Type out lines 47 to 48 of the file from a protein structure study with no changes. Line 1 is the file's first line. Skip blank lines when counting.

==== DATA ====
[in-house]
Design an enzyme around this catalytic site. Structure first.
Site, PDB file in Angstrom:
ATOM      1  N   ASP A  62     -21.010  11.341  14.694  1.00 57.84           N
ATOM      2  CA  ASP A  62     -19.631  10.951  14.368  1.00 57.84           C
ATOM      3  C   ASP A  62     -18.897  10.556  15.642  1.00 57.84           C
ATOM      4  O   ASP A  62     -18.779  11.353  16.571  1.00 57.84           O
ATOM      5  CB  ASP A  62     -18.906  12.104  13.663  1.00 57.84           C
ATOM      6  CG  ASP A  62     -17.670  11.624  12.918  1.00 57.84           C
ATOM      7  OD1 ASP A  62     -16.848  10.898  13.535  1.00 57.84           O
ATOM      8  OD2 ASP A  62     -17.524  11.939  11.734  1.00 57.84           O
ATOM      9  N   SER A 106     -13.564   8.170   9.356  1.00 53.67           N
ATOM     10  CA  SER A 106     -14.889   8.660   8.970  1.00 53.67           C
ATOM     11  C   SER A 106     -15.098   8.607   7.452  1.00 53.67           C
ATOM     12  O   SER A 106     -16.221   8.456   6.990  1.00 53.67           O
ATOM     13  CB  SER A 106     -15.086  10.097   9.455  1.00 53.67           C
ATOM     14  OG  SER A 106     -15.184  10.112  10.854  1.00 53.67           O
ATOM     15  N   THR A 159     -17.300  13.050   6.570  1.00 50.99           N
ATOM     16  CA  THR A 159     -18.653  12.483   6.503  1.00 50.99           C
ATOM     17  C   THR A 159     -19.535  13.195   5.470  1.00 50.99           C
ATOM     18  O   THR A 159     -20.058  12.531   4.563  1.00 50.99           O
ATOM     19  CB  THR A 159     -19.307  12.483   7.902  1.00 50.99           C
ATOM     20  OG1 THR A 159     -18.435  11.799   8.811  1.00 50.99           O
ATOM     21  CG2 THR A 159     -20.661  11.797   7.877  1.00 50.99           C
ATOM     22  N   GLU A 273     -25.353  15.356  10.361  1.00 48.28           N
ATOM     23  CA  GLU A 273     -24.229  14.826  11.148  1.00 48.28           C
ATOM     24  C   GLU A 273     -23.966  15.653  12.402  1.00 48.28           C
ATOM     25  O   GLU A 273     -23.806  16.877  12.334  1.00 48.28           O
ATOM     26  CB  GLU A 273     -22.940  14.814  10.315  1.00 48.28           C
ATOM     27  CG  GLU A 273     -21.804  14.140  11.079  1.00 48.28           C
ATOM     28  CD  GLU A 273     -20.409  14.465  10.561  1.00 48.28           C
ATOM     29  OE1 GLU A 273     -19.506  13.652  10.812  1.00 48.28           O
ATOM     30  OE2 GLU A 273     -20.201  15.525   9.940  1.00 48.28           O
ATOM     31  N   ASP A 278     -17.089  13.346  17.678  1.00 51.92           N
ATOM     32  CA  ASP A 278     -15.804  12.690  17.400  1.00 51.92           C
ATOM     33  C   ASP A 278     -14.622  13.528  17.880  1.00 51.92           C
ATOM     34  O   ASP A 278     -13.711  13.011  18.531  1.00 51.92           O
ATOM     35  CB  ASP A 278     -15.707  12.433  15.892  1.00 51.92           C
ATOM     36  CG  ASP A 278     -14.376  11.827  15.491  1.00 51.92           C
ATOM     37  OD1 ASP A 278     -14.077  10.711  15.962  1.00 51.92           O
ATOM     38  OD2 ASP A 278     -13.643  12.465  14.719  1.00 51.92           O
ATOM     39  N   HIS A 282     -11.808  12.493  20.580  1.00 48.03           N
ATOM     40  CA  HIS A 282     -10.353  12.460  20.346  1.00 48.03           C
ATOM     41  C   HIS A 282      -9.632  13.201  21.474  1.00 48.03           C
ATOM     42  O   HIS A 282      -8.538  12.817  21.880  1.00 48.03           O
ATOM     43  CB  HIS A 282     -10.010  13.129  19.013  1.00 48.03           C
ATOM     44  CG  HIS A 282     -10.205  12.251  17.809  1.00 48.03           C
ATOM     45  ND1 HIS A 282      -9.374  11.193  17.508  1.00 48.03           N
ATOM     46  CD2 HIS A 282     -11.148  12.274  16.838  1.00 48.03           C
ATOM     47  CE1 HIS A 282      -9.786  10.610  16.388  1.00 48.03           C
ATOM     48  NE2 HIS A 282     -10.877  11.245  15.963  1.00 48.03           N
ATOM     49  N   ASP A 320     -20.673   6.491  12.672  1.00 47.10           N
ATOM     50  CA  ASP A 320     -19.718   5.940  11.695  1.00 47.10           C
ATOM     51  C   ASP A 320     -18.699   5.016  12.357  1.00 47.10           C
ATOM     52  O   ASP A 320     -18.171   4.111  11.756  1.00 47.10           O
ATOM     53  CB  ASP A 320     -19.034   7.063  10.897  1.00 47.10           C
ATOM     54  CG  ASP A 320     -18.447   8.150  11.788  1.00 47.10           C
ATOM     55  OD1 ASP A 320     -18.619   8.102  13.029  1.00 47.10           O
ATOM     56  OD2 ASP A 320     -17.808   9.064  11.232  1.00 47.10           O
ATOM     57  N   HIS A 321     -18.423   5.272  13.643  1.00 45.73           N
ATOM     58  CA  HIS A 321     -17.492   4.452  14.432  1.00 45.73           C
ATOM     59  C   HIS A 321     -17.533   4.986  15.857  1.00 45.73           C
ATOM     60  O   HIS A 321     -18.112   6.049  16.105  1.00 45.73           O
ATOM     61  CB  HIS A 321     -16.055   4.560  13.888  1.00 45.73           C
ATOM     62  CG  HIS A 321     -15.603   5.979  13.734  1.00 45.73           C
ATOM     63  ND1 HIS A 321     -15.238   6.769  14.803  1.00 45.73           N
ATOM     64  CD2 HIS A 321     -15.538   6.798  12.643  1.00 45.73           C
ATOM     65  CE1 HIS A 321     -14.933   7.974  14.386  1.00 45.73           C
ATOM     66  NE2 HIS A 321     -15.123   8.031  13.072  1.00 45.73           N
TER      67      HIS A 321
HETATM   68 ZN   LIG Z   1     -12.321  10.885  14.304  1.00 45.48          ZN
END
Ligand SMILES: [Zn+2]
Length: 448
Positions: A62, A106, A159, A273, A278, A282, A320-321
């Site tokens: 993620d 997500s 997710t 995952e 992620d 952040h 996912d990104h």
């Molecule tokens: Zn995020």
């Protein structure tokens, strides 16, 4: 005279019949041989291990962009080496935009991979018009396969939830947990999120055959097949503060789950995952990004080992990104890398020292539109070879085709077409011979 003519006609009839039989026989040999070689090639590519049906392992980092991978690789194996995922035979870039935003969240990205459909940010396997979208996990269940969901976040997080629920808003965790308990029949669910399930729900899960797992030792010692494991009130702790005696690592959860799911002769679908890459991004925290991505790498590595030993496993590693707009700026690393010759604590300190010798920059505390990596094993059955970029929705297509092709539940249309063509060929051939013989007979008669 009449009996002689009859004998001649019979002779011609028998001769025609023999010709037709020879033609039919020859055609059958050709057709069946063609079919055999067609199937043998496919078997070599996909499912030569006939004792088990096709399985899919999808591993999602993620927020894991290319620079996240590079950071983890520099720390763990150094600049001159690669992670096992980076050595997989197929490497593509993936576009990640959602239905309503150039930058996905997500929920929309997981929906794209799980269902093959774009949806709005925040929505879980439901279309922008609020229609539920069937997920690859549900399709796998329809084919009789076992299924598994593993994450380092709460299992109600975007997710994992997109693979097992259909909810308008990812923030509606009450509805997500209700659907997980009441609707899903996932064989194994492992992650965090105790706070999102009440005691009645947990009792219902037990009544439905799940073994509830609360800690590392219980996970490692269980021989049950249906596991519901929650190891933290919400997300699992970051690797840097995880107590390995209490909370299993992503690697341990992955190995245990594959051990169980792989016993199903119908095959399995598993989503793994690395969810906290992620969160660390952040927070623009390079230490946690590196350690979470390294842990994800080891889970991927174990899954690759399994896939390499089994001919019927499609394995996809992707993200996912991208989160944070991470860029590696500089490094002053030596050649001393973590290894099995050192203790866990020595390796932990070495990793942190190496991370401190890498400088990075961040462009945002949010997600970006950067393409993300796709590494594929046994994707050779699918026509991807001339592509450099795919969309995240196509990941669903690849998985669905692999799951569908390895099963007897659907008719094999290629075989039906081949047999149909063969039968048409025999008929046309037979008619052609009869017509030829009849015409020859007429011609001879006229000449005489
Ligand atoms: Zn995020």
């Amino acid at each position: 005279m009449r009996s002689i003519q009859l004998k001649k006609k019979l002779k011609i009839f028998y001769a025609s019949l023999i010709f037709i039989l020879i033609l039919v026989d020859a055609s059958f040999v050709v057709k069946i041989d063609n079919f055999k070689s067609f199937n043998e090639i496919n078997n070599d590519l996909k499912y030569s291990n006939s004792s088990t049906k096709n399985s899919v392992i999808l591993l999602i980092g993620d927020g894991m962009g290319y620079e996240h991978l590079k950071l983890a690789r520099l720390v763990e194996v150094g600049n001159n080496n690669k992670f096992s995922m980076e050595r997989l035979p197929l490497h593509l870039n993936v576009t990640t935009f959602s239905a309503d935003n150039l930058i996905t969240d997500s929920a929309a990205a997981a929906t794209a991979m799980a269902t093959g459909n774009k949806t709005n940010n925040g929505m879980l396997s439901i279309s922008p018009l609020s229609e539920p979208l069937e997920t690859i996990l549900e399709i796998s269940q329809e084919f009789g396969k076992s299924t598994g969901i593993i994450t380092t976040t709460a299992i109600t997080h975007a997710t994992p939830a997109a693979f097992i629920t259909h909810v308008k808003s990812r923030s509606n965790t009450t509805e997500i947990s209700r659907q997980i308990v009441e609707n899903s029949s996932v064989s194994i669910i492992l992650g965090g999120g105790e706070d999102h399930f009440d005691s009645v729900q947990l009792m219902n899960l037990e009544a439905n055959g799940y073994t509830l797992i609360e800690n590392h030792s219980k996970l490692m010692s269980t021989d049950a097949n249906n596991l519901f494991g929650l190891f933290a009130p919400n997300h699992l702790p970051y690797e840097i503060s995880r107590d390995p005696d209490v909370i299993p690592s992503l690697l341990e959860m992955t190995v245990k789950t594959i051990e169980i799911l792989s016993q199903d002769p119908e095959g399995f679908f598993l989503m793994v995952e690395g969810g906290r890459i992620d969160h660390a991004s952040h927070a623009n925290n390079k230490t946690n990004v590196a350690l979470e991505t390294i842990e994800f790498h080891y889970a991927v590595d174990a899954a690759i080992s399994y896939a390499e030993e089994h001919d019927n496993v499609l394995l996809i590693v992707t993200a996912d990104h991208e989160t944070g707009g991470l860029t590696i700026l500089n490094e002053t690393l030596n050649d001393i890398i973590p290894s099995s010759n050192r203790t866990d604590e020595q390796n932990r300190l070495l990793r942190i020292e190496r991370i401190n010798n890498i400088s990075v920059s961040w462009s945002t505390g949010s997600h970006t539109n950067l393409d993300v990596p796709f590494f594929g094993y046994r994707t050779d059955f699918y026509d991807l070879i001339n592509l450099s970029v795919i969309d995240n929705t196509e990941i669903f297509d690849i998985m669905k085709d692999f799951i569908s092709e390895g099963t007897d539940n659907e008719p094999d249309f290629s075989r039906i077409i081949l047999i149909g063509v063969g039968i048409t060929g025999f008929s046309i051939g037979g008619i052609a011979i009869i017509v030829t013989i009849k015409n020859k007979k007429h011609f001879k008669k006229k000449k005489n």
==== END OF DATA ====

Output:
ATOM     44  CG  HIS A 282     -10.205  12.251  17.809  1.00 48.03           C
ATOM     45  ND1 HIS A 282      -9.374  11.193  17.508  1.00 48.03           N